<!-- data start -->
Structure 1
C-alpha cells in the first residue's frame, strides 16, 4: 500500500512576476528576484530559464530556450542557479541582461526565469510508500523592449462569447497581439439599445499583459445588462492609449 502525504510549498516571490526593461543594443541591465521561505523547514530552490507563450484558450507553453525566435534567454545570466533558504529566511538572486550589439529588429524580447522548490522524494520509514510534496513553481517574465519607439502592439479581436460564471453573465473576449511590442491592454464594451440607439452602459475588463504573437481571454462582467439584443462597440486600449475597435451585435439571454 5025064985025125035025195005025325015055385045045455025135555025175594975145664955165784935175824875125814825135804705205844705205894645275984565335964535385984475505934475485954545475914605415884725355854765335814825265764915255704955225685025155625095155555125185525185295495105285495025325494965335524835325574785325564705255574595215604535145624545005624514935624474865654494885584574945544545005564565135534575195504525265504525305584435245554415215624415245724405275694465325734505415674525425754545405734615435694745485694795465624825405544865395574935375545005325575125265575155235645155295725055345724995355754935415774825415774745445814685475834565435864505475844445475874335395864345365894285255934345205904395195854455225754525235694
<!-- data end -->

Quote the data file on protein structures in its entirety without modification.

Structure 1
C-alpha cells in the first residue's frame, strides 16, 4: 500500500512576476528576484530559464530556450542557479541582461526565469510508500523592449462569447497581439439599445499583459445588462492609449 502525504510549498516571490526593461543594443541591465521561505523547514530552490507563450484558450507553453525566435534567454545570466533558504529566511538572486550589439529588429524580447522548490522524494520509514510534496513553481517574465519607439502592439479581436460564471453573465473576449511590442491592454464594451440607439452602459475588463504573437481571454462582467439584443462597440486600449475597435451585435439571454 5025064985025125035025195005025325015055385045045455025135555025175594975145664955165784935175824875125814825135804705205844705205894645275984565335964535385984475505934475485954545475914605415884725355854765335814825265764915255704955225685025155625095155555125185525185295495105285495025325494965335524835325574785325564705255574595215604535145624545005624514935624474865654494885584574945544545005564565135534575195504525265504525305584435245554415215624415245724405275694465325734505415674525425754545405734615435694745485694795465624825405544865395574935375545005325575125265575155235645155295725055345724995355754935415774825415774745445814685475834565435864505475844445475874335395864345365894285255934345205904395195854455225754525235694